The polarization is thus a periodic function, and the period is called the polarization quantum, $$\mathbf{P}_q^j=\frac{|e|\mathbf{R}^j}{\Omega}$$, where $$|e|$$ is the electronic charge, $$\mathbf{R}^j$$ is the lattice vector $$j$$, and $$\Omega$$ is the unit cell volume.

Given the multivalued nature of the polarization, it is perhaps not surprising that only differences in polarization, $$\Delta \mathbf{P}$$, between two different structures is a well-defined property.

ATK computes and reports the electronic and ionic contributions separately, and also reports the polarization quantum.

Important

Note that the implementation does not work for metallic systems and orthogonal cells should be preferred when possible. Usage in 2D systems and with non-orthogonal unitcells should be done with thorough testing of the used settings and results.

## Spontaneous polarization of ferroelectric BaTiO3¶

### The BaTiO3 crystal structure¶

Barium titanate (BaTiO3) has a tetragonal crystal structure at room temperature, where the unit cell is slightly elongated in the c-direction. An internal stress further shifts the fractional coordinates in the c-direction away from their high symmetry positions. In this tutorial we use the experimental lattice constants and coordinates as obtained from the Inorganic Crystal Structure Database (ICSD) The structure is given in the QuantumATK format below [4]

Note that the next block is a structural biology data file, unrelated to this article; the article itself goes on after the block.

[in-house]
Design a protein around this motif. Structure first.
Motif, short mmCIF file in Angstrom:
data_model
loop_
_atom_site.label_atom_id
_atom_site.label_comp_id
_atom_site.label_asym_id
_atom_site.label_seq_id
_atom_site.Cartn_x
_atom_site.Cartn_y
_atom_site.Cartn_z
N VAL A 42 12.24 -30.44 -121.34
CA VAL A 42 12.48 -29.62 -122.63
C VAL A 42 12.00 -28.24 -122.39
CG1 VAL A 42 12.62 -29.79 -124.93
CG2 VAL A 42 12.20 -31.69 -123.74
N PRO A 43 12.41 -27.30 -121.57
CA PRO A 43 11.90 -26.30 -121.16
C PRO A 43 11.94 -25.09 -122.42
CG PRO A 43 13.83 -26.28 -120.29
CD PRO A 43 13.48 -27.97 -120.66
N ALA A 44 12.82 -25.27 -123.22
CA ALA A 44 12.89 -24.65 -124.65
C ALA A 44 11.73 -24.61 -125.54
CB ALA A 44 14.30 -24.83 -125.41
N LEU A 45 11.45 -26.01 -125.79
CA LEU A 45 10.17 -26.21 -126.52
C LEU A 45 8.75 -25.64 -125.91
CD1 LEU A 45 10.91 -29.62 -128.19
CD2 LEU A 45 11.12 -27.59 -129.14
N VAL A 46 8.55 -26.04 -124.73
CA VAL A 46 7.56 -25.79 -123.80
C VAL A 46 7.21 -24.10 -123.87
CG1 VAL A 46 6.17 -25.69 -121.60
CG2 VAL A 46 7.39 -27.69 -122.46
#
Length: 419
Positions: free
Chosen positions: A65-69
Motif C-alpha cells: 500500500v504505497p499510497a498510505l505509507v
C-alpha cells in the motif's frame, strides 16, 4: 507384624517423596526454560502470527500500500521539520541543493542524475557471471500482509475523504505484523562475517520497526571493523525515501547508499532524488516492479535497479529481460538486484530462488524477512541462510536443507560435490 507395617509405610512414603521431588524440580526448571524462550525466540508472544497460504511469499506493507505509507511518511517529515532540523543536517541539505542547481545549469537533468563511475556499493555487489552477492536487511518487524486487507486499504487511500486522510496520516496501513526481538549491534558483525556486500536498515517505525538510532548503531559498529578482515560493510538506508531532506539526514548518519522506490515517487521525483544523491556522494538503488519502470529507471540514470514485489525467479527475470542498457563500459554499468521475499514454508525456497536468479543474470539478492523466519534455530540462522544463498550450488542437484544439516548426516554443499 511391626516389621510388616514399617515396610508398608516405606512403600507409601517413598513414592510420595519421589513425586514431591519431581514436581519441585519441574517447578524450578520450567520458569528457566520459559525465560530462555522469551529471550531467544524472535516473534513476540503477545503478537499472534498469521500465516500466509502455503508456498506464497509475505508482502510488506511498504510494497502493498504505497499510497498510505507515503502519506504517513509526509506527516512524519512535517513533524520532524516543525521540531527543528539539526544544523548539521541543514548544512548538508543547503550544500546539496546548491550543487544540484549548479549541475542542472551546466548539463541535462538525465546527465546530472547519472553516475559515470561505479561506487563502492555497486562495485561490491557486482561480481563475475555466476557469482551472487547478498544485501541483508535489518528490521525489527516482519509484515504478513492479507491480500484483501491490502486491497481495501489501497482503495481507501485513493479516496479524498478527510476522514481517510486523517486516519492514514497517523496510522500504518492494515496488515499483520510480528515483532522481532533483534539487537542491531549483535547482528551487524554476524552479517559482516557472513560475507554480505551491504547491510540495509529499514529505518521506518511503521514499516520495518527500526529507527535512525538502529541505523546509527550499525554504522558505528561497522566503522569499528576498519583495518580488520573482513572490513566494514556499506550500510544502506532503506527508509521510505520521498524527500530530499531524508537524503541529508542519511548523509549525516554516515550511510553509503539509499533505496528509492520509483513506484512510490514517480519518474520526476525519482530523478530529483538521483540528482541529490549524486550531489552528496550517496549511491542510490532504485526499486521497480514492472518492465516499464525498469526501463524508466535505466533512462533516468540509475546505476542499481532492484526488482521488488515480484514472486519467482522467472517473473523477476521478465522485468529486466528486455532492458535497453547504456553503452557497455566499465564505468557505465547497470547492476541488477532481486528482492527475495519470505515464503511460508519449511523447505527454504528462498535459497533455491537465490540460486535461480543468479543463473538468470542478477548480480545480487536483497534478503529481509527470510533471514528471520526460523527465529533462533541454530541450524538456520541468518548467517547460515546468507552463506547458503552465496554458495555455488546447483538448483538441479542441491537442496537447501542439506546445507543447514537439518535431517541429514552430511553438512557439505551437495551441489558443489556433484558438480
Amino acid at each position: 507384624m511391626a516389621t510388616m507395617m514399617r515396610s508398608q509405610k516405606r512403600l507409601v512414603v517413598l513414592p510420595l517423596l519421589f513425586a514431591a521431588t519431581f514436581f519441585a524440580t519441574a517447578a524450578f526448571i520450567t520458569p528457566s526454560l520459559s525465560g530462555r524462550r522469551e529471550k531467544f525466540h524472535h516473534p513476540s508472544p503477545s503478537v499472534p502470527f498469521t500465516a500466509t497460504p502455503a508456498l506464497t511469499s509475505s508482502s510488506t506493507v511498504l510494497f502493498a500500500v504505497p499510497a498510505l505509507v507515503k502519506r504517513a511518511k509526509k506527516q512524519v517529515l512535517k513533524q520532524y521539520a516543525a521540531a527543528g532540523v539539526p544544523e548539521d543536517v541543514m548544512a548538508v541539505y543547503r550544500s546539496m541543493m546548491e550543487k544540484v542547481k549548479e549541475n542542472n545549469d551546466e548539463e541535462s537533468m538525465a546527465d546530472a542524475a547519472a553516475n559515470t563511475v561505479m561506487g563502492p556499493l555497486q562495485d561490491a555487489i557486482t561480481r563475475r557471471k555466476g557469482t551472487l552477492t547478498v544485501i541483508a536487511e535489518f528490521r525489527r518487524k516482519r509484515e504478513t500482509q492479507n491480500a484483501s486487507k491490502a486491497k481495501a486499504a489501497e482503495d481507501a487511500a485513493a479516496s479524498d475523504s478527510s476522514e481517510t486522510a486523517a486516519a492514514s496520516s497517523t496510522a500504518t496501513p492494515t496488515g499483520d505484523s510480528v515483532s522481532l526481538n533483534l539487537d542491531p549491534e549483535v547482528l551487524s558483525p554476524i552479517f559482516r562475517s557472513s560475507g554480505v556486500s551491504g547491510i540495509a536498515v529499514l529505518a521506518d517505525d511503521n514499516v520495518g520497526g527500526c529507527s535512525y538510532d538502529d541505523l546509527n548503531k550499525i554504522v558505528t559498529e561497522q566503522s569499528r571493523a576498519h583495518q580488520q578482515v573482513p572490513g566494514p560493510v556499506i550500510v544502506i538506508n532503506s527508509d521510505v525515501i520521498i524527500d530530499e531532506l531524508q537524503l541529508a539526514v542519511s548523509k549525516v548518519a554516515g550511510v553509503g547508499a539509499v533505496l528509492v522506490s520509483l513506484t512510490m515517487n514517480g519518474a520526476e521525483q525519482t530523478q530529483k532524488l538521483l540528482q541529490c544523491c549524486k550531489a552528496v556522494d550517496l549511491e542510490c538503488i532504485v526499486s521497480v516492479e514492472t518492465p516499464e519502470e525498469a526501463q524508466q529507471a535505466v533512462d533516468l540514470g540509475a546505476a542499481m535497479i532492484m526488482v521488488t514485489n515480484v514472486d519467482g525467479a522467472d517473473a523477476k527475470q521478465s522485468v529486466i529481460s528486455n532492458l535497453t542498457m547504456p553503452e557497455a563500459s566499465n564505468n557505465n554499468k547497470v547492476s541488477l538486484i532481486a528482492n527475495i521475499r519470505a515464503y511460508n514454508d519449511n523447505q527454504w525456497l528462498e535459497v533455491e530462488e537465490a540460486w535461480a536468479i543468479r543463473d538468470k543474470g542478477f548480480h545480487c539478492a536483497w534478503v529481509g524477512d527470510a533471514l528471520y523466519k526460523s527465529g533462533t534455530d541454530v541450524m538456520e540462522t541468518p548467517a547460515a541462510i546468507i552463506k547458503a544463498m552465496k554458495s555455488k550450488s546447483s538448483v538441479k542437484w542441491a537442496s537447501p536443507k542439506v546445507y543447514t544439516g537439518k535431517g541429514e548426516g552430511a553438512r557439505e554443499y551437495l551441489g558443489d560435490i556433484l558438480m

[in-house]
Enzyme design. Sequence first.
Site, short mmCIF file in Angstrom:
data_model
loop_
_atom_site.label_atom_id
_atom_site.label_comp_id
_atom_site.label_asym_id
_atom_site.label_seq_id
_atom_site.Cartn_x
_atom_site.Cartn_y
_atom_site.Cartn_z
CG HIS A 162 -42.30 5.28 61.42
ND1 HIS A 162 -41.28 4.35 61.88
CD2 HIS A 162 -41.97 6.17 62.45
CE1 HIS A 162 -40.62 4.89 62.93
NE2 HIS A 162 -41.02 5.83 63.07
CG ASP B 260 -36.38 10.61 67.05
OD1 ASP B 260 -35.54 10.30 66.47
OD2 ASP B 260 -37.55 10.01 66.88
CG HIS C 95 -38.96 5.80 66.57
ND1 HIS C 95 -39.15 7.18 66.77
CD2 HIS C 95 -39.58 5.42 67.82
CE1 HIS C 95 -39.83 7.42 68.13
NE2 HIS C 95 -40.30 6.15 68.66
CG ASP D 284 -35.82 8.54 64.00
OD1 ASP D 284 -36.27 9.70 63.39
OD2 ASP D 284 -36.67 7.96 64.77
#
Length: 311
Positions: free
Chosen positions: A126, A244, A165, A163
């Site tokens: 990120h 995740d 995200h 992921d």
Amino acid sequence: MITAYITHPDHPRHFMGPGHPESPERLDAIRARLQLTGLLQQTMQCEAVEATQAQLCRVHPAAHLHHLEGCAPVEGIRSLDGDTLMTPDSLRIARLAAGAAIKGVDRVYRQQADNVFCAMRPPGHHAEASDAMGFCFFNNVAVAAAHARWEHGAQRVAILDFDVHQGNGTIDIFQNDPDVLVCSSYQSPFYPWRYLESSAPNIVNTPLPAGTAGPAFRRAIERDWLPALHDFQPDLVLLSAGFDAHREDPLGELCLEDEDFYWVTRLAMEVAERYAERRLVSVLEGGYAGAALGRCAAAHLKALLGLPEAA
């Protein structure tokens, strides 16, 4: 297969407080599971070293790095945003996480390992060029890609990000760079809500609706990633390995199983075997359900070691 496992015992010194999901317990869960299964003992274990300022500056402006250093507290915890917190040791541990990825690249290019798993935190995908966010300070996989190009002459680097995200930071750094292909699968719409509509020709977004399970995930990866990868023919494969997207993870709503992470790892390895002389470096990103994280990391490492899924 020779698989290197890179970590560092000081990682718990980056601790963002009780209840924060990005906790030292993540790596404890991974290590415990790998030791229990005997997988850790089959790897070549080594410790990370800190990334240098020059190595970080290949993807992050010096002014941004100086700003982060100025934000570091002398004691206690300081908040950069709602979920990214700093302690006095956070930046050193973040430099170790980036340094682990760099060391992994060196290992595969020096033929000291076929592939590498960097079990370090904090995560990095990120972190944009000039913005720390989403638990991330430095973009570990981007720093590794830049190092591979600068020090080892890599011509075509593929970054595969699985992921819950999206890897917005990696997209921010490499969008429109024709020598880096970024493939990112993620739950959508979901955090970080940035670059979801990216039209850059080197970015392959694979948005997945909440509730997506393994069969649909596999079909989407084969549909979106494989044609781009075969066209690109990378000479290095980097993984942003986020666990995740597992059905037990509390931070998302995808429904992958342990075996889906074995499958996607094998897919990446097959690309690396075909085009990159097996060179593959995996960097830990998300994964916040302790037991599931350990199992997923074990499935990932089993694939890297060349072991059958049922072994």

# Set up lattice
lattice = SimpleTetragonal(3.9945*Angstrom, 4.0335*Angstrom)

# Define elements
elements = [Barium, Titanium, Oxygen, Oxygen, Oxygen]

# Define coordinates
fractional_coordinates = [[ 0.      ,  0.      ,  0.      ],
[ 0.5     ,  0.5     ,  0.51427 ],
[ 0.5     ,  0.5     ,  0.974477],
[ 0.5     ,  0.      ,  0.487618],
[ 0.      ,  0.5     ,  0.487618]]

# Set up configuration
bulk_configuration = BulkConfiguration(
bravais_lattice=lattice,
elements=elements,
fractional_coordinates=fractional_coordinates
)


### Setting up the calculation¶

You will in this section set up a DFT calculation using the local density approximation (LDA) for the BaTiO3 crystal and calculate the polarization. You will use QuantumATK for the calculation, and it is recommended that you go through the Basic QuantumATK Tutorial to be familiar with the basic work flow.

Start up QuantumATK and create a new project for this tutorial. Use a new, empty directory. Select the text for the BaTiO3 structure in the python script above and drag it onto the Script Generator icon . The tool will interpret the script and open up with the imported geometry